PHOENIX — The Arizona Corporation Commission has refused to delay taking action on Johnson Utilities.
In a lengthy meeting Tuesday, the ACC discussed its ongoing investigation into the utility and the possibility of filing an order to show cause, and the potential appointment of an interim manager.
What began as a rate case, with the utility seeking to raise its rates for customers, has become a full blown investigation into billing issues, water quality, wastewater facility issues and related health and safety issues.
The commission directed staff to file an order to show cause no later than Thursday. That would be a court order that requires a subject, in this case Johnson Utilities, to justify or prove something in a hearing.
Chairman Tom Forese directed staff to include all items in the docket in the order to show cause, including the water quality and billing issues addressed in the public hearings and whether or not George Johnson has actually stopped acting as manager of the utility due to bribery allegations made against him and a former member of the commission.
Staff responded with what it could include depended on what witnesses with direct knowledge could be found to testify. Staff will have to draft an order to send to the commission for approval.
According to an ACC report on the investigation, staff engineers visited with Arizona Department of Environmental Quality personnel on Feb. 23 to inspect the water and wastewater systems. They found a host of what they describe as minor operation and maintenance issues and alerted the utility, which agreed to address them.
In the report, staff concluded that the continued odor complaints need further investigation and deferred to ADEQ, which recently contracted with Wetland Resources to conduct an air quality investigation.
The report also lists a history of 37 sanitary sewer overflows since January 2015 that the investigation turned up. Staff recommended that if the necessary water and wastewater system updates are not made by April 16, that the commission file an order to show cause so that it may appoint an interim manager for the utility at the following public meeting.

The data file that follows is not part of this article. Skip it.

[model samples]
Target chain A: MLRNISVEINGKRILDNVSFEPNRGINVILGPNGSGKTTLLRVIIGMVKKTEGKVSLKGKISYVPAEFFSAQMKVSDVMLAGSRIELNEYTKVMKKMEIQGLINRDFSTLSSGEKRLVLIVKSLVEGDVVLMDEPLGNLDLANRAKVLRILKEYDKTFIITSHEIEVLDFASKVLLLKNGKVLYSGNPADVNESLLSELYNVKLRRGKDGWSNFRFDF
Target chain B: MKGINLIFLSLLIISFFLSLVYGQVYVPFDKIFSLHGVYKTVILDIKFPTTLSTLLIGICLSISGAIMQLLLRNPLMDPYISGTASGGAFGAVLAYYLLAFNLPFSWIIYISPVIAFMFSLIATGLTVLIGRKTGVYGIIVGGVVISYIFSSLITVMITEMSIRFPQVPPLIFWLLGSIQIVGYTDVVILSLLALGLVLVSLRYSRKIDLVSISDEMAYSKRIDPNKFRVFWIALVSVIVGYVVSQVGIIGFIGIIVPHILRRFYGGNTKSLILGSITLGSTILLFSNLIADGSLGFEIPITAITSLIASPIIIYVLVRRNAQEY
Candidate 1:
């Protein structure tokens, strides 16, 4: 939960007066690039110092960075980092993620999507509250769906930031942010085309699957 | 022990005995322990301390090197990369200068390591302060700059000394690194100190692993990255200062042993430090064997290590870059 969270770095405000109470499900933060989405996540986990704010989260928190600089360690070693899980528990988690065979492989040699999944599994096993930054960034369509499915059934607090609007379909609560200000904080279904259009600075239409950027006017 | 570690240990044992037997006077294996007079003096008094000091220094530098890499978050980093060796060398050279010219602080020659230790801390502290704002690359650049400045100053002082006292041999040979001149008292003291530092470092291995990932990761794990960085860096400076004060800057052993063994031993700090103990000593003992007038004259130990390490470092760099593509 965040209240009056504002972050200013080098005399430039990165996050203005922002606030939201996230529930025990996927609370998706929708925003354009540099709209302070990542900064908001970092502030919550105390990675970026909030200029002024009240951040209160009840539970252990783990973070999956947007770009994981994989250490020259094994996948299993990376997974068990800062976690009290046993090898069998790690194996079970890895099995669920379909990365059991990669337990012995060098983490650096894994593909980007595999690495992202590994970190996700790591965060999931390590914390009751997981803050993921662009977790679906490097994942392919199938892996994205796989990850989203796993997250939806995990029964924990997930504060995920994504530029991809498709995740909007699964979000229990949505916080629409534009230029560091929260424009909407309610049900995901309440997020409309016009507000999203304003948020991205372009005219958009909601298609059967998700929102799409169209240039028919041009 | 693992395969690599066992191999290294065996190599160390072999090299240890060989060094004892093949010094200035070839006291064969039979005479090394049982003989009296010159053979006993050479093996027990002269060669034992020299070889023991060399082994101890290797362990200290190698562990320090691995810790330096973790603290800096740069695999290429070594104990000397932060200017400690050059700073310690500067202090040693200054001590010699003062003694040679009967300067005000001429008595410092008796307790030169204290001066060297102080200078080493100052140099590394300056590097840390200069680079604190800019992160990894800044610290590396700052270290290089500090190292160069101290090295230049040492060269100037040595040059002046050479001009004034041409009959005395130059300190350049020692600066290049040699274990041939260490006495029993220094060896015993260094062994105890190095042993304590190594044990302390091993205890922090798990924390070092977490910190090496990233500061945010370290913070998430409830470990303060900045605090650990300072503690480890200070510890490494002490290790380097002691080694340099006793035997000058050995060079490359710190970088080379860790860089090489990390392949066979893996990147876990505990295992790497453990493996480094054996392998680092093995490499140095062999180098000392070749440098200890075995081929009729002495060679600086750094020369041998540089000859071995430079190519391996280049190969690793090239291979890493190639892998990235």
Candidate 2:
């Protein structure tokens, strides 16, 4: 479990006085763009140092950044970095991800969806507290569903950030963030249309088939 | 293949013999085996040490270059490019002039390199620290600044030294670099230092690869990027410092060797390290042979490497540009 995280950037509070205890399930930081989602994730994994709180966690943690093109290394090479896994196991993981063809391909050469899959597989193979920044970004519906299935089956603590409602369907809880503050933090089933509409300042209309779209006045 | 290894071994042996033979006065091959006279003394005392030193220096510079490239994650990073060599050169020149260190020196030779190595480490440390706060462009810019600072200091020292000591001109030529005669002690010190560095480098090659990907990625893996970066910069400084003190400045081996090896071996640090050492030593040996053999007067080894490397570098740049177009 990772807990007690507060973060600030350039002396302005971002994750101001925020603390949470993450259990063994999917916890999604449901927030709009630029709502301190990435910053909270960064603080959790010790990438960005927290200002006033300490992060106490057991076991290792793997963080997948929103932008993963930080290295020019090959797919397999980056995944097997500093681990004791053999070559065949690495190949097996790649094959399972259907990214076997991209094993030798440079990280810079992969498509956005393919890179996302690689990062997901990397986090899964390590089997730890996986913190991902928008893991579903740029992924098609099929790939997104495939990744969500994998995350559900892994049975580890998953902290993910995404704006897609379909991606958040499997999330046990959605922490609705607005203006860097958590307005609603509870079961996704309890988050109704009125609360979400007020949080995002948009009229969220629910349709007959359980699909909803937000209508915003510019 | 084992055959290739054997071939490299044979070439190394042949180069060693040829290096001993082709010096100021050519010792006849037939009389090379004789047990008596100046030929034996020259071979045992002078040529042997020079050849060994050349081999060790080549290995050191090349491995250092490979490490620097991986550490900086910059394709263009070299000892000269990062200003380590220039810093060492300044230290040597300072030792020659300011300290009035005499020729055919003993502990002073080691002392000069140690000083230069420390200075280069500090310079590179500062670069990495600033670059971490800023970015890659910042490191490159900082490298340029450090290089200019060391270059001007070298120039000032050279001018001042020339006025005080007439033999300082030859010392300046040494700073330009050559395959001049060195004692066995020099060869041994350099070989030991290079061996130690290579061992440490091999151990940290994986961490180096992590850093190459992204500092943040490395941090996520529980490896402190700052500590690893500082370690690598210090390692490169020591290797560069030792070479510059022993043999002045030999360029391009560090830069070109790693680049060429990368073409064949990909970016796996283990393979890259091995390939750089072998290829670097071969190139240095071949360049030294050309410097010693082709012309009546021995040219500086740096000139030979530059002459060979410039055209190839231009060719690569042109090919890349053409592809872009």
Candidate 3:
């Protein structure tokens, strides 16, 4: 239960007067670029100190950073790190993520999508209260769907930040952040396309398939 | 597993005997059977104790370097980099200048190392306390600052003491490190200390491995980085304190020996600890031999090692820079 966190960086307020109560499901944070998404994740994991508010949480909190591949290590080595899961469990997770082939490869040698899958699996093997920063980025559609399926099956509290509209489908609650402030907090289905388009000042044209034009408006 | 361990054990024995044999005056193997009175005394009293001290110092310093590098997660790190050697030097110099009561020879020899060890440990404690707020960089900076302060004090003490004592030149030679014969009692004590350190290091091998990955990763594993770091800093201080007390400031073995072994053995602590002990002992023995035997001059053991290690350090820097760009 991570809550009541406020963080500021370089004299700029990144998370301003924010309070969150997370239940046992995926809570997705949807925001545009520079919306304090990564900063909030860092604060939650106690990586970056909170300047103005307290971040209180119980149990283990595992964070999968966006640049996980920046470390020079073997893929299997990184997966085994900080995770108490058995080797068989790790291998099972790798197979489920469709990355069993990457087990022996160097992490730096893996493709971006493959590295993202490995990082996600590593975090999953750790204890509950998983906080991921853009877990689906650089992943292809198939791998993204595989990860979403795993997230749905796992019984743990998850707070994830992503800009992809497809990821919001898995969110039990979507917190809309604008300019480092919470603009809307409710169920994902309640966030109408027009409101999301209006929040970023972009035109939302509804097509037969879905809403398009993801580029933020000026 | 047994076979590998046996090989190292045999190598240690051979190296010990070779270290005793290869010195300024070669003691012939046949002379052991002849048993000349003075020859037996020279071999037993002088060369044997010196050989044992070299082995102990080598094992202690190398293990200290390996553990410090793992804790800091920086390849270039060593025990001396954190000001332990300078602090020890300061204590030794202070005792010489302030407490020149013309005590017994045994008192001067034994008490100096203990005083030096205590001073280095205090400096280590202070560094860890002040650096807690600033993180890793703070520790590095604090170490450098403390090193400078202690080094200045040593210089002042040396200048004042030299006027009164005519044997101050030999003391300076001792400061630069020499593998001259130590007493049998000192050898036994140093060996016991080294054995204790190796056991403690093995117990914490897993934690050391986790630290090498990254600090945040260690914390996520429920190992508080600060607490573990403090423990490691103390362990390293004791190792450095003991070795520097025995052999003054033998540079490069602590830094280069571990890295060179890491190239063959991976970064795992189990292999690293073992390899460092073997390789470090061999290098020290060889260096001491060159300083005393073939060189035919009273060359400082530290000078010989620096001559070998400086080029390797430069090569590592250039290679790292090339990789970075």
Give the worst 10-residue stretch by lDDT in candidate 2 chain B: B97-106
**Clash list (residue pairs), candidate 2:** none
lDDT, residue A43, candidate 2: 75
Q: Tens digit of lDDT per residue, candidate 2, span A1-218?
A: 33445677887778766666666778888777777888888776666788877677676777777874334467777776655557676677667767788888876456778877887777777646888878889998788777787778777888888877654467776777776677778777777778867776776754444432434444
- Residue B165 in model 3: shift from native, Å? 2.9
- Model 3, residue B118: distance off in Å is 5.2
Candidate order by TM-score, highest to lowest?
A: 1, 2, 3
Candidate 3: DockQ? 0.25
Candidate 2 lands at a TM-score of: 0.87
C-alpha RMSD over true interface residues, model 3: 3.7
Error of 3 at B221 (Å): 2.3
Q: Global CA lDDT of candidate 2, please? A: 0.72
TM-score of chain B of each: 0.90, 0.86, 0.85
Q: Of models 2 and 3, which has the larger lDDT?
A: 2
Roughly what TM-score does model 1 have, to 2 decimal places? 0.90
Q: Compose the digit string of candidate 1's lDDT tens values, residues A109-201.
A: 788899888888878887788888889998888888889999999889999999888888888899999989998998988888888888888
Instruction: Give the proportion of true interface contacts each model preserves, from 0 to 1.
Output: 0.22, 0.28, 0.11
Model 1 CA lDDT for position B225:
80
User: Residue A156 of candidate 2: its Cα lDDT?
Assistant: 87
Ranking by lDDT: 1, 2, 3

However, the commission decided to order staff to file the order to show cause by Thursday and decided to hold the hearing on March 29 at 10 a.m.
Johnson Utilities representative Jeff Crocket tried to extend the timeline and expressed his opposition to the order to show cause, citing a good track record of cooperation from the utility and arguing that the record does not support the order, calling into question the legitimacy of the complaints leveled at the utility in the public hearing.
“I’d remind the counsel that public comment is not testimony,” Crocket said. “We found many inaccuracies in what was stated in the public record.”
Crocket also cited recent water quality tests by ADEQ that show water that meets legal standards.
This drew sharp criticism from several commissioners, who clearly had the big picture of Johnson Utilities history and case in mind.
Forese questioned how he was to interpret the request for more time in light of the fact that Johnson Utilities had filed for an injunction against the commission that day that would require the ACC to respond in just a few days.
“Regarding the lawsuit today, I don’t know if the goal was to intimidate the commission,” Forese said. “You didn’t even know what the commission was going to do and you sued the commission. ... The very heart of expediting this is public outcry over the safety of the water. I think that’s justifying a shorter time line.”
Commissioner Andy Tobin, who appeared to be losing his patience with the utility at several points during the meeting and had suggested the commission move that day to appoint an interim manager, attacked Crocket’s suggestion that Johnson Utilities had a good record of cooperation, citing an earlier incident in which ADEQ officials were locked out of the gates when attempting to collect water samples.
“Clearly you can’t say you are just a wonderful actor who does everything that is asked for when you lock out a state agency that is assigned to protect the water of the citizens,” he said.
ADEQ officials questioned at the meeting said they had encountered no such obstacles in the current investigation.
The commission finally decided to give the utility the statute-recommended 10 days to file a response, and hold the hearing date at March 29.
“This has been going on for a long time,” said Commissioner Boyd Dunn. “You can probably guess what the complaint is going to say.”